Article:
Churches end up in this trap when they try to minister communion with a too great frequency, it has become something we do often ... so we do it unworthily in order to "Get it over with". Time constraints have robbed people of what matters. Communion is taken without thinking.
The issue is "THIS BREAD" and "THIS CUP". It was the institution of a Passover type encounter with the living Christ that Jesus practiced. Jesus words:
And he took bread, and when he had given thanks, he broke it and gave it to them, saying, “This is my body, which is given for you. Do this in remembrance of me.” And likewise the cup after they had eaten, saying, “This cup that is poured out for you is the new covenant in my blood. Luke 22:19-20When with significant reverence and intentionality we enter into what Paul described in
The cup of blessing that we bless, is it not a participation in the blood of Christ? The bread that we break, is it not a participation in the body of Christ? 1 Corinthians 10:16Then we consider the warnings about the encounter with the Holy that Communion when done sacramentally and intentionally is where we touch the Living Christ. We meet with HIM bodily. Yet it is done so poorly. Paul isn't sanguine about this loose flippancy in 1 Corinthians 11
(in the Amplified):
IF Paul the Apostle was so serious about this so should we be. In all three iterations of the communion, when we come together for an agape meal, when we meet one another over a cup and a bite and remember the Body and Blood given for us or when with intention we meet with Jesus in the Sacrament, it's time to discern the Body and Blood of Christ.
23 For I received from the Lord Himself that which I passed on to you [it was given to me personally], that the Lord Jesus on the night when He was treacherously delivered up and while His betrayal was in progress took bread,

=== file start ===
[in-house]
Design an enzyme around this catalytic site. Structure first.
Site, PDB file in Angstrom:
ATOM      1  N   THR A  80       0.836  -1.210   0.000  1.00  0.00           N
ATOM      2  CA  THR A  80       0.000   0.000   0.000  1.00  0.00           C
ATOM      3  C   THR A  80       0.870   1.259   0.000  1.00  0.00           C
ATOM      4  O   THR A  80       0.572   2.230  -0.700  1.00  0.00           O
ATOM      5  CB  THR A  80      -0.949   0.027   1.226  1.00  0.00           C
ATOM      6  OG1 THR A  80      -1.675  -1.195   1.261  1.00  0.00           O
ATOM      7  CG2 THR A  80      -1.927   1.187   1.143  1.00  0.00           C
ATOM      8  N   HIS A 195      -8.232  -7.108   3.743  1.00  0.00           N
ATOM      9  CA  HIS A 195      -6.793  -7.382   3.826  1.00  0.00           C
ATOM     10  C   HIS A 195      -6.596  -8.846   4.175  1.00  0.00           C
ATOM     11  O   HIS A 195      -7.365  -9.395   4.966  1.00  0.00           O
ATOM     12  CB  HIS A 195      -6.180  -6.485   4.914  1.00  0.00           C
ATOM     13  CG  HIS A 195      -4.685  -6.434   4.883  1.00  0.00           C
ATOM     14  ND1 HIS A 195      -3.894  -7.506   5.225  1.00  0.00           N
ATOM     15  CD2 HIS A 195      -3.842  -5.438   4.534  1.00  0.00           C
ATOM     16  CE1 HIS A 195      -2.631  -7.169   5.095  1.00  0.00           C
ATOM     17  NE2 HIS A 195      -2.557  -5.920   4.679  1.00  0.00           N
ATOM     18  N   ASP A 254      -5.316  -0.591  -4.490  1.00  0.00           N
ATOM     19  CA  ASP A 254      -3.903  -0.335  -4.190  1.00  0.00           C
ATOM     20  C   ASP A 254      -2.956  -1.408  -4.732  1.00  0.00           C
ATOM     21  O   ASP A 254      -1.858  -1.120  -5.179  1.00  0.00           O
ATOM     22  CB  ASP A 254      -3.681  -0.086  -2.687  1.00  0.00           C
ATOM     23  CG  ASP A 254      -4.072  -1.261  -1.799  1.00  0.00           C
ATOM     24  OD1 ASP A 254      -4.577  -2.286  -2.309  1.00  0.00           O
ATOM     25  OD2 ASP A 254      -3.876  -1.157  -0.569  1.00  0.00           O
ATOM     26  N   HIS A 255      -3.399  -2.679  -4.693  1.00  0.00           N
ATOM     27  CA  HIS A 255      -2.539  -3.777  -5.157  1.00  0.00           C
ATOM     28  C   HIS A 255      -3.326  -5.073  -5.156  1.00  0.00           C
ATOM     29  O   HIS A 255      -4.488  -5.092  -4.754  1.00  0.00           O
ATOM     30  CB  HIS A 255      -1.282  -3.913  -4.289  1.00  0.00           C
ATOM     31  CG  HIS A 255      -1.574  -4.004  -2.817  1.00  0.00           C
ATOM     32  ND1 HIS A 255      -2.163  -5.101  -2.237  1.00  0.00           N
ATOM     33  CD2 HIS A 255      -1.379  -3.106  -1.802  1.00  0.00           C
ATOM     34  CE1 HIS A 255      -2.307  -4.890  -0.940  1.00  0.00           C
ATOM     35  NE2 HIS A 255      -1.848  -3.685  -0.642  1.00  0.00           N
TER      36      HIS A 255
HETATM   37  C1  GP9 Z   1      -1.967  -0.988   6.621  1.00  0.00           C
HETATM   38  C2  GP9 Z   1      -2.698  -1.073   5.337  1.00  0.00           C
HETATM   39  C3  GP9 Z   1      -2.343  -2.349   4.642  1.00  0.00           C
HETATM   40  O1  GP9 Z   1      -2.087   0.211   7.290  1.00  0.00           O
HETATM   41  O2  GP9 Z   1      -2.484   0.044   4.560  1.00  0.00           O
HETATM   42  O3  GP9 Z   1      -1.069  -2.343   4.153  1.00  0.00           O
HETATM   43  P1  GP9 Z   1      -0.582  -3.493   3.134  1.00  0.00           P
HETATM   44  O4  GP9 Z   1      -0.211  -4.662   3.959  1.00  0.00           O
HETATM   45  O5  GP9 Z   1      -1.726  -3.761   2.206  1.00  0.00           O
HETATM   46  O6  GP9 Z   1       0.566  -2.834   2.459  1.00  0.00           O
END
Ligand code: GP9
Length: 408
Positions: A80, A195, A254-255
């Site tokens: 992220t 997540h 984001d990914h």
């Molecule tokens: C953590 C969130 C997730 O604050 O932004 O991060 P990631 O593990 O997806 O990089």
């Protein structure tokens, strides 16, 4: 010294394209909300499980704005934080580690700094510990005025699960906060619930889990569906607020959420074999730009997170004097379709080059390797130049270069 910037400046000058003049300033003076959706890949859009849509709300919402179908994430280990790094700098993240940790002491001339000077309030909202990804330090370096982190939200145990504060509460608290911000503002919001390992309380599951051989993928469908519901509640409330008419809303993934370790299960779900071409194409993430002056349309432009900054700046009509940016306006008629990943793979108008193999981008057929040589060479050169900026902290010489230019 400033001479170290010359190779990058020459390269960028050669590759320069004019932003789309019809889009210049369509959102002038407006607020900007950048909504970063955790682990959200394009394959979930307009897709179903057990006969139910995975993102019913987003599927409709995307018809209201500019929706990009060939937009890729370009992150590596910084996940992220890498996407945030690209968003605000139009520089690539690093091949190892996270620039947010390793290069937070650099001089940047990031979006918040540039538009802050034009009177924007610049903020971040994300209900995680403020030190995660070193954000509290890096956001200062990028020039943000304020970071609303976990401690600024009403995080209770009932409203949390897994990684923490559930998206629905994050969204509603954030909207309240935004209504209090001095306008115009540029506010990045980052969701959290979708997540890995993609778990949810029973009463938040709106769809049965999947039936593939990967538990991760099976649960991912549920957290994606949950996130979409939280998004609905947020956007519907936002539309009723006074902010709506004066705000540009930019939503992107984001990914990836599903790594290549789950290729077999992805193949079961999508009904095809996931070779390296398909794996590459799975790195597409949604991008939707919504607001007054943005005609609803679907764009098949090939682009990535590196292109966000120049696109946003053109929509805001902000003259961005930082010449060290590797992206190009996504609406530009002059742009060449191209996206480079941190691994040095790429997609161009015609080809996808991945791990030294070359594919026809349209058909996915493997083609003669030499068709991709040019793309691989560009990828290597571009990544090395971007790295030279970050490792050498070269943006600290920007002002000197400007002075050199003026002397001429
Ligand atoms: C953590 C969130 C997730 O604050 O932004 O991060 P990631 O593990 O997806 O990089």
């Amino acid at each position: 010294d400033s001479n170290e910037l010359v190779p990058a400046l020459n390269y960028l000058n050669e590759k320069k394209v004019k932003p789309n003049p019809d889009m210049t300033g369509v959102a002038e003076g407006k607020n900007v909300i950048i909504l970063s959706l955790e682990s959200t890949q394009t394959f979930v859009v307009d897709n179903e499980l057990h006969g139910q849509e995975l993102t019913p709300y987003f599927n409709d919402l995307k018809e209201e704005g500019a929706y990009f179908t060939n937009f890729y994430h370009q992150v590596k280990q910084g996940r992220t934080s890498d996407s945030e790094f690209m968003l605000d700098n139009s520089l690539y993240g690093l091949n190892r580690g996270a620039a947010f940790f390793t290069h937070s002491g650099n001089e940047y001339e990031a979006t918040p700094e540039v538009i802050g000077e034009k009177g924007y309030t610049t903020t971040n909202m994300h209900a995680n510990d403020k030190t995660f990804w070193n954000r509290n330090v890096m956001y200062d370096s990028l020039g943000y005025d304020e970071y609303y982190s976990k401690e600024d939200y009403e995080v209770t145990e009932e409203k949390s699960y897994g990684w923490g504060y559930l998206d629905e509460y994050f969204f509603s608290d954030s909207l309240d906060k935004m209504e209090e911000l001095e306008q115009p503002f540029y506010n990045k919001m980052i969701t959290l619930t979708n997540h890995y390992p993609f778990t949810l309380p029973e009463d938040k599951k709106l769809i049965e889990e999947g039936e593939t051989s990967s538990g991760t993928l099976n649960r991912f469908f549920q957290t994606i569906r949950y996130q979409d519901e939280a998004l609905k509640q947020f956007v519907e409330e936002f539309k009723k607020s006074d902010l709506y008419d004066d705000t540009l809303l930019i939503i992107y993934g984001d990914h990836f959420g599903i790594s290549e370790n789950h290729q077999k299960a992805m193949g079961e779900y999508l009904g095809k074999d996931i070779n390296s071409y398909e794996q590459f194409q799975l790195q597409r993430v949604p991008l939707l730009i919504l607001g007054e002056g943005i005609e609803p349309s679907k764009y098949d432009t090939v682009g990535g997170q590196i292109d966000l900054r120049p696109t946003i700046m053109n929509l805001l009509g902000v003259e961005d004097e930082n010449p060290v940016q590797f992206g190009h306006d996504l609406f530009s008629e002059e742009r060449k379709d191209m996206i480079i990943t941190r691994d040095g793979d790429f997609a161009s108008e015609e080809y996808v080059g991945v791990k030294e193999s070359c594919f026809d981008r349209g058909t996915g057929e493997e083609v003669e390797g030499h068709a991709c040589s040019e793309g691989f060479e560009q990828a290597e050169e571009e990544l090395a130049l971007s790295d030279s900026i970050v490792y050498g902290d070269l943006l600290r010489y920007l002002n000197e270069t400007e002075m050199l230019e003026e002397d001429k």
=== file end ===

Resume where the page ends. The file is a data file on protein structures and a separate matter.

24 And when He had given thanks, He broke [it] and said, Take, eat. This is My body, which is broken for you. Do this to call Me [affectionately] to remembrance.
25 Similarly when supper was ended, He took the cup also, saying, This cup is the new covenant [ratified and established] in My blood. Do this, as often as you drink [it], to call Me [affectionately] to remembrance.
26 For every time you eat this bread and drink this cup, you are representing and signifying and proclaiming the fact of the Lord’s death until He comes [again].
27 So then whoever eats the bread or drinks the cup of the Lord in a way that is unworthy [of Him] will be guilty of [profaning and sinning against] the body and blood of the Lord.
28 Let a man [thoroughly] examine himself, and [only when he has done] so should he eat of the bread and drink of the cup.
29 For anyone who eats and drinks without discriminating and recognizing with due appreciation that [it is Christ’s] body, eats and drinks a sentence (a verdict of judgment) upon himself.
30 That [careless and unworthy participation] is the reason many of you are weak and sickly, and quite enough of you have fallen into the sleep of death.
31 For if we searchingly examined ourselves [detecting our shortcomings and recognizing our own condition], we should not be judged and penalty decreed [by the divine judgment].
32 But when we [fall short and] are judged by the Lord, we are disciplined and chastened, so that we may not [finally] be condemned [to eternal punishment along] with the world.
33 So then, my brothers, when you gather together to eat [the Lord’s Supper], wait for one another.
34 If anyone is hungry, let him eat at home, lest you come together to bring judgment [on yourselves]. About the other matters, I will give you directions [personally] when I come.